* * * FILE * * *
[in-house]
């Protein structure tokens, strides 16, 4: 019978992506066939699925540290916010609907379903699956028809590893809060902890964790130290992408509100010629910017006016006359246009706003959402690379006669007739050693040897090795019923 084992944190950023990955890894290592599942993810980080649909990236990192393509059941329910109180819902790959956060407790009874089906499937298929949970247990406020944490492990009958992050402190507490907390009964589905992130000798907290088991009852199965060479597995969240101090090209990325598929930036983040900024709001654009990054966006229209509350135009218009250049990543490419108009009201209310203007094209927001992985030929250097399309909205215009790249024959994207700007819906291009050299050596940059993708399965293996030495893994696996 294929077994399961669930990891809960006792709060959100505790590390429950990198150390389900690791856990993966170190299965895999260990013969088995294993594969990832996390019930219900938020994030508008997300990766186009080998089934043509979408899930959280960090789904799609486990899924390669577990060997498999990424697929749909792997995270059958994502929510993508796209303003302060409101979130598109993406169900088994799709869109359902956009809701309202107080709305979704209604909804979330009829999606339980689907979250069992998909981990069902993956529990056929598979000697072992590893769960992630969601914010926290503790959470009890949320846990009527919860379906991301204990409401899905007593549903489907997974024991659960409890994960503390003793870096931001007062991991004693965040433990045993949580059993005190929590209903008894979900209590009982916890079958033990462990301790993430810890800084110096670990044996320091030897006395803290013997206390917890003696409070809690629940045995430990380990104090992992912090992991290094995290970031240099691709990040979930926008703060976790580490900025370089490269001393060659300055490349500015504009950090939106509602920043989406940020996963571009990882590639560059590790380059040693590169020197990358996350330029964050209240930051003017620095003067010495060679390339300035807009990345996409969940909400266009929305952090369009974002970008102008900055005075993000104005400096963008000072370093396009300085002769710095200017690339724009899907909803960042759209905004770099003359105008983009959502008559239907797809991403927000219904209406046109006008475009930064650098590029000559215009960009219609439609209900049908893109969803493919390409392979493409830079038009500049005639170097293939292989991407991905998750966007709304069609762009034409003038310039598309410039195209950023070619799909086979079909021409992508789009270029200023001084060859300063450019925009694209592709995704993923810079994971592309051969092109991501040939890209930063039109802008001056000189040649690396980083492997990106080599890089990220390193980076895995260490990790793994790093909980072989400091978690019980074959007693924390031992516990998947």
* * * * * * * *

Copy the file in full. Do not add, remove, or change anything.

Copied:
[in-house]
């Protein structure tokens, strides 16, 4: 019978992506066939699925540290916010609907379903699956028809590893809060902890964790130290992408509100010629910017006016006359246009706003959402690379006669007739050693040897090795019923 084992944190950023990955890894290592599942993810980080649909990236990192393509059941329910109180819902790959956060407790009874089906499937298929949970247990406020944490492990009958992050402190507490907390009964589905992130000798907290088991009852199965060479597995969240101090090209990325598929930036983040900024709001654009990054966006229209509350135009218009250049990543490419108009009201209310203007094209927001992985030929250097399309909205215009790249024959994207700007819906291009050299050596940059993708399965293996030495893994696996 294929077994399961669930990891809960006792709060959100505790590390429950990198150390389900690791856990993966170190299965895999260990013969088995294993594969990832996390019930219900938020994030508008997300990766186009080998089934043509979408899930959280960090789904799609486990899924390669577990060997498999990424697929749909792997995270059958994502929510993508796209303003302060409101979130598109993406169900088994799709869109359902956009809701309202107080709305979704209604909804979330009829999606339980689907979250069992998909981990069902993956529990056929598979000697072992590893769960992630969601914010926290503790959470009890949320846990009527919860379906991301204990409401899905007593549903489907997974024991659960409890994960503390003793870096931001007062991991004693965040433990045993949580059993005190929590209903008894979900209590009982916890079958033990462990301790993430810890800084110096670990044996320091030897006395803290013997206390917890003696409070809690629940045995430990380990104090992992912090992991290094995290970031240099691709990040979930926008703060976790580490900025370089490269001393060659300055490349500015504009950090939106509602920043989406940020996963571009990882590639560059590790380059040693590169020197990358996350330029964050209240930051003017620095003067010495060679390339300035807009990345996409969940909400266009929305952090369009974002970008102008900055005075993000104005400096963008000072370093396009300085002769710095200017690339724009899907909803960042759209905004770099003359105008983009959502008559239907797809991403927000219904209406046109006008475009930064650098590029000559215009960009219609439609209900049908893109969803493919390409392979493409830079038009500049005639170097293939292989991407991905998750966007709304069609762009034409003038310039598309410039195209950023070619799909086979079909021409992508789009270029200023001084060859300063450019925009694209592709995704993923810079994971592309051969092109991501040939890209930063039109802008001056000189040649690396980083492997990106080599890089990220390193980076895995260490990790793994790093909980072989400091978690019980074959007693924390031992516990998947």